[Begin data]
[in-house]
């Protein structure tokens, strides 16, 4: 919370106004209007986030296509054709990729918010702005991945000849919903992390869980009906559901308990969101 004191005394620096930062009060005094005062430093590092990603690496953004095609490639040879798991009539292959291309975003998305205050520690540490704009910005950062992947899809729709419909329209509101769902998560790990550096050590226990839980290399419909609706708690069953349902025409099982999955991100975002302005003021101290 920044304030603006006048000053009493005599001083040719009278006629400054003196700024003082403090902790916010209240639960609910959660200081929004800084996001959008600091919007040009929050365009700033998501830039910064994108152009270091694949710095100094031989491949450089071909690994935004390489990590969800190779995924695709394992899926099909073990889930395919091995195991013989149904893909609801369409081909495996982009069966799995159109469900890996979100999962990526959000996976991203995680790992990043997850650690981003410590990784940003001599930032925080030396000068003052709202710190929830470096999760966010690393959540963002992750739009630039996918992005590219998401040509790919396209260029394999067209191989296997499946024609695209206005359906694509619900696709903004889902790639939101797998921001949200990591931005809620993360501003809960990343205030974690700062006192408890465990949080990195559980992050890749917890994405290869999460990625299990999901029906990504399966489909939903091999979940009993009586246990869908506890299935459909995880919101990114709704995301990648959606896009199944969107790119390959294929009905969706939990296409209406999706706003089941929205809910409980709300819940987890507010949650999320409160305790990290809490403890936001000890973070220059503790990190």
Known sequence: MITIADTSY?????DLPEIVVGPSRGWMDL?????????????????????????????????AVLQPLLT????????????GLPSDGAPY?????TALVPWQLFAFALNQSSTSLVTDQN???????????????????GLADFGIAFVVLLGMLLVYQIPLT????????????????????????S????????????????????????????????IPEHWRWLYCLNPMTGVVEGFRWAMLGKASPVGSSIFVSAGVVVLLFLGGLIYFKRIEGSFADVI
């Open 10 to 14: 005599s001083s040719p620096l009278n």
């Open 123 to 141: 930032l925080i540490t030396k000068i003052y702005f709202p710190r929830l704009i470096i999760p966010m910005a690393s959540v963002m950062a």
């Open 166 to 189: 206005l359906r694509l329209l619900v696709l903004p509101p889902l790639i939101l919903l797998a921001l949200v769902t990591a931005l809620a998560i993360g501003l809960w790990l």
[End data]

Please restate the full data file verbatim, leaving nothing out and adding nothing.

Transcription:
[in-house]
């Protein structure tokens, strides 16, 4: 919370106004209007986030296509054709990729918010702005991945000849919903992390869980009906559901308990969101 004191005394620096930062009060005094005062430093590092990603690496953004095609490639040879798991009539292959291309975003998305205050520690540490704009910005950062992947899809729709419909329209509101769902998560790990550096050590226990839980290399419909609706708690069953349902025409099982999955991100975002302005003021101290 920044304030603006006048000053009493005599001083040719009278006629400054003196700024003082403090902790916010209240639960609910959660200081929004800084996001959008600091919007040009929050365009700033998501830039910064994108152009270091694949710095100094031989491949450089071909690994935004390489990590969800190779995924695709394992899926099909073990889930395919091995195991013989149904893909609801369409081909495996982009069966799995159109469900890996979100999962990526959000996976991203995680790992990043997850650690981003410590990784940003001599930032925080030396000068003052709202710190929830470096999760966010690393959540963002992750739009630039996918992005590219998401040509790919396209260029394999067209191989296997499946024609695209206005359906694509619900696709903004889902790639939101797998921001949200990591931005809620993360501003809960990343205030974690700062006192408890465990949080990195559980992050890749917890994405290869999460990625299990999901029906990504399966489909939903091999979940009993009586246990869908506890299935459909995880919101990114709704995301990648959606896009199944969107790119390959294929009905969706939990296409209406999706706003089941929205809910409980709300819940987890507010949650999320409160305790990290809490403890936001000890973070220059503790990190």
Known sequence: MITIADTSY?????DLPEIVVGPSRGWMDL?????????????????????????????????AVLQPLLT????????????GLPSDGAPY?????TALVPWQLFAFALNQSSTSLVTDQN???????????????????GLADFGIAFVVLLGMLLVYQIPLT????????????????????????S????????????????????????????????IPEHWRWLYCLNPMTGVVEGFRWAMLGKASPVGSSIFVSAGVVVLLFLGGLIYFKRIEGSFADVI
């Open 10 to 14: 005599s001083s040719p620096l009278n």
């Open 123 to 141: 930032l925080i540490t030396k000068i003052y702005f709202p710190r929830l704009i470096i999760p966010m910005a690393s959540v963002m950062a």
């Open 166 to 189: 206005l359906r694509l329209l619900v696709l903004p509101p889902l790639i939101l919903l797998a921001l949200v769902t990591a931005l809620a998560i993360g501003l809960w790990l």